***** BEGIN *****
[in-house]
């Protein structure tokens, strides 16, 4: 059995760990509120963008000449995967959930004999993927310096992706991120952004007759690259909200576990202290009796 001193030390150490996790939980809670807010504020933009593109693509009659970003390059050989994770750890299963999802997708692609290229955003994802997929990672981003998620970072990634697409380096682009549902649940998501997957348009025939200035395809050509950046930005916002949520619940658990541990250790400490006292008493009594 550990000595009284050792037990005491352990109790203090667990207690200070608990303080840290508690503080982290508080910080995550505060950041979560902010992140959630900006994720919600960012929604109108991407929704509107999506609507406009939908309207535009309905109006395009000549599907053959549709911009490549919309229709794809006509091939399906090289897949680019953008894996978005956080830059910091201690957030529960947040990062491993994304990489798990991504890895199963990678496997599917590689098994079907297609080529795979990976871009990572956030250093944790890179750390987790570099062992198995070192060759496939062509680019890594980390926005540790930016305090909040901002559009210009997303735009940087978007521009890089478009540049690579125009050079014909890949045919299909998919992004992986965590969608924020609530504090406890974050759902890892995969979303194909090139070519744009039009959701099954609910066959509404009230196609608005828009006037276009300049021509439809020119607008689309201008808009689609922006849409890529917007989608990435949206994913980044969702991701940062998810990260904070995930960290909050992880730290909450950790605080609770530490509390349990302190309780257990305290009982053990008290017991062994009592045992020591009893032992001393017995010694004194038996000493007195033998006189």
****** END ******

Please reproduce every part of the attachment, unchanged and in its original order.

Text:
[in-house]
């Protein structure tokens, strides 16, 4: 059995760990509120963008000449995967959930004999993927310096992706991120952004007759690259909200576990202290009796 001193030390150490996790939980809670807010504020933009593109693509009659970003390059050989994770750890299963999802997708692609290229955003994802997929990672981003998620970072990634697409380096682009549902649940998501997957348009025939200035395809050509950046930005916002949520619940658990541990250790400490006292008493009594 550990000595009284050792037990005491352990109790203090667990207690200070608990303080840290508690503080982290508080910080995550505060950041979560902010992140959630900006994720919600960012929604109108991407929704509107999506609507406009939908309207535009309905109006395009000549599907053959549709911009490549919309229709794809006509091939399906090289897949680019953008894996978005956080830059910091201690957030529960947040990062491993994304990489798990991504890895199963990678496997599917590689098994079907297609080529795979990976871009990572956030250093944790890179750390987790570099062992198995070192060759496939062509680019890594980390926005540790930016305090909040901002559009210009997303735009940087978007521009890089478009540049690579125009050079014909890949045919299909998919992004992986965590969608924020609530504090406890974050759902890892995969979303194909090139070519744009039009959701099954609910066959509404009230196609608005828009006037276009300049021509439809020119607008689309201008808009689609922006849409890529917007989608990435949206994913980044969702991701940062998810990260904070995930960290909050992880730290909450950790605080609770530490509390349990302190309780257990305290009982053990008290017991062994009592045992020591009893032992001393017995010694004194038996000493007195033998006189």